Storyboarding with Startups: Stolen Cars, Saucy Affairs, and Italian Translators

Dustin Larimer
Early Writing
Published in
4 min readMar 28, 2013


Over the past few years we’ve had opportunities to work with many amazing startups, from one coast to the other and everywhere in between, but some of the most exciting (ambitious!) new companies we’ve encountered are all coming from the SURGE Accelerator in Houston, Texas.

Our friends at SURGE work with ambitious startups who share their mission to solve the world’s many complex energy problems through software and innovative new services. They do this by connecting entrepreneurs with world-class mentorship and access to the capital needed to disrupt every corner of the energy industry.

Last year, I dropped in near the end of the program to help each of their ten companies lock down pitch presentations and slide decks, in preparation for their final “demo day” debut.

Yesterday morning, I hopped back on a bus bound for Houston to meet a new class of companies and share some storyboarding techniques for developing a clear, compelling pitch. Specifically, my goal was to get these teams thinking about how to humanize their value proposition through story. Why is that important? Read on.

Round 1

For the first round, I presented a single photo of a simple driveway mishap: a blue pickup truck sitting atop a red sports car, inside of a decimated garage. Nobody was injured, just plenty of potential for drama.

The full group split off into five randomized teams, each representing a different persona:

  1. The owner of the red car
  2. The owner of the blue pickup
  3. The insurance adjustor
  4. The repair shop
  5. The employer of the owner of the red car

Each team was given two 6-panel storyboard worksheets, and instructions to pick up where the photo left off, and continue sketching out the story.

Click to download [PDF]

The purpose of this round was simply to have fun and wake up everyone’s storytelling muscles. Mission accomplished.

The resulting tale was incredible: there were saucy affairs, a child was bit by a snake in the forest, premiums lapsed, scooters were fought over, and a mechanic fell in love with his Italian translator (while searching for parts abroad, of course). It was a five-part epic, spun from a single photo and some simple prompts.

Round 2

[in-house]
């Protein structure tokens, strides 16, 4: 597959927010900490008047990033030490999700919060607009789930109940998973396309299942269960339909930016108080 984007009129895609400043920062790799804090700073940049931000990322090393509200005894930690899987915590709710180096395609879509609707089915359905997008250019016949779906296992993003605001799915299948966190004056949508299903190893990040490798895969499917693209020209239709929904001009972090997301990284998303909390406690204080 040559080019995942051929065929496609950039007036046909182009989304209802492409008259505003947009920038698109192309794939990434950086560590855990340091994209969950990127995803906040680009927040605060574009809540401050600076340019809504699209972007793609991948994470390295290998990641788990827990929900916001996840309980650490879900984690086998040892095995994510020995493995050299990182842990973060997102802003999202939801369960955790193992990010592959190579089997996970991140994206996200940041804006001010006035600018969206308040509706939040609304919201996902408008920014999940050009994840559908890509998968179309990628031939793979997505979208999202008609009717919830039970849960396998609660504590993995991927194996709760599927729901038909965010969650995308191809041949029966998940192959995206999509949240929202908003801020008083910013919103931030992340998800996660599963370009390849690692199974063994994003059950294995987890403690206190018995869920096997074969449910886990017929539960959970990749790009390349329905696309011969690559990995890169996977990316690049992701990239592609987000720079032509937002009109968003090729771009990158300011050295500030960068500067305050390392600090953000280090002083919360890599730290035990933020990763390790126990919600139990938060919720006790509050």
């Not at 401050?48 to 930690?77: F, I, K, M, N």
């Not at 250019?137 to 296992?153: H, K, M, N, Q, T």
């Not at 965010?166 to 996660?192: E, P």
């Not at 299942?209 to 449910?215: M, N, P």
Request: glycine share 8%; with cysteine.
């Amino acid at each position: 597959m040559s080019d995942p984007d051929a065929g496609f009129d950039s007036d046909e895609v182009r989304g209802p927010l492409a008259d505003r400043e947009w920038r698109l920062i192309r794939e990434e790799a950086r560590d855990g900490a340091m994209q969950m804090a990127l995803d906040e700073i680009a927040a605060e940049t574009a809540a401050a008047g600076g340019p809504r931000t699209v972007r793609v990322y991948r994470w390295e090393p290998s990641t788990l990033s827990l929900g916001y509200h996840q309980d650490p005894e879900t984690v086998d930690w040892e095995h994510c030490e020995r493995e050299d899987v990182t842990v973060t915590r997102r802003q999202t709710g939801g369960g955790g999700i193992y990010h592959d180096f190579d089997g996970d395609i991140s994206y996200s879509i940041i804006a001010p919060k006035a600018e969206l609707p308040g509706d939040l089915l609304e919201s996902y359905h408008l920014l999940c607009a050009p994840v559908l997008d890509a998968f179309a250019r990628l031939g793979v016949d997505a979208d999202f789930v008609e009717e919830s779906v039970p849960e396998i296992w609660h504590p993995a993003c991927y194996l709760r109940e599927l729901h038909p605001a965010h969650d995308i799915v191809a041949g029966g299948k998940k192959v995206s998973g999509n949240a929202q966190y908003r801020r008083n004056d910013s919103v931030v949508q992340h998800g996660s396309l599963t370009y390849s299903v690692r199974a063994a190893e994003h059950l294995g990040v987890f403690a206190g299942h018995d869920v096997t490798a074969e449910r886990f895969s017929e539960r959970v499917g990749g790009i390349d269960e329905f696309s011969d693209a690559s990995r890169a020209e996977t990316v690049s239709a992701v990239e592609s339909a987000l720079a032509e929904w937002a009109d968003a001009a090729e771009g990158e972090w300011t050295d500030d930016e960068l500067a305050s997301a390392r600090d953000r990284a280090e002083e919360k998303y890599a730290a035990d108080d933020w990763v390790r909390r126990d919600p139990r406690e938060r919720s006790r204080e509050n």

The teams regrouped with their co-founders and returned to their own teams, this time with a second pair of 6-panel storyboard worksheets and two stories to tell:

  1. A day in the life of your customer, experiencing the pain you’re solving, without you
  2. A day in the life of your customer, after you have saved the day

Every team nailed it. Limiting the story to six frames required a lot of refinement. Some groups even created outlines and debated scenes on other sheets of paper before committing their panels. No doubt, the participants already understood their customers and users, but this distillation process seemed to open up new conversations about who these people really are, what they really care about, and what it means to step into their story. This helped the teams refine their own narrative, not just about what they do, but who they do it for, and why that matters.

It was a simple exercise, but hopefully helpful.

So, why does all of this matter?

We are all wired for story; it activates our brains in wonderfully profound ways. Story is how we package and share meaning, allowing listeners to momentarily experience the sensations and emotions of what is being shared. Story inspires action.

But it’s asking quite a lot to try inspiring others about the big, abstract systems we build, because people do not experience systems.

Get personal

Drill down to the person who experiences the pain you’re relieving, and make me –in the audience– feel that pain. Frame it all with simple, heartfelt language. Make it agonizing. Experiment visual metaphors for heavy lifting, if particular concepts are too verbose or overly technical. Let everyone else in the crowd feel it too. Then zoom out and extrapolate that experience across the full market opportunity you can address.

But but… but!

It sounds easy enough, but it means dropping much of the cherished vocabularies and esoteric debates that hold highly technical communities together. Believe it or not, your vocabulary is a massive part of your personal identity. For some folks that I’ve worked with it’s like abandoning a child. It can get ugly.

One common excuse is “sure, there are a lot of people in the audience, but I’m only speaking to a few investors in the room, and they know exactly what I’m saying.” Once a few audience members glance down to check their email, others around them will feel that old familiar itch to check theirs as well. Slowly, one by one, you will lose the entire room.

What those investors really want to know is that you can carry the ball. They want to know that you can share your vision to inspire all types of audiences: your customers, your employees, and new investors in later rounds.

This applies across the board. Whether you’re trying to recuit potential co-founders, early hires, or even customers, they need to feel it to believe it. The best –perhaps the only– way to do that is through story.

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Dustin Larimer
Early Writing

I help teams bring new ideas to life. Product designer, engineer, and cape maker extraordinaire.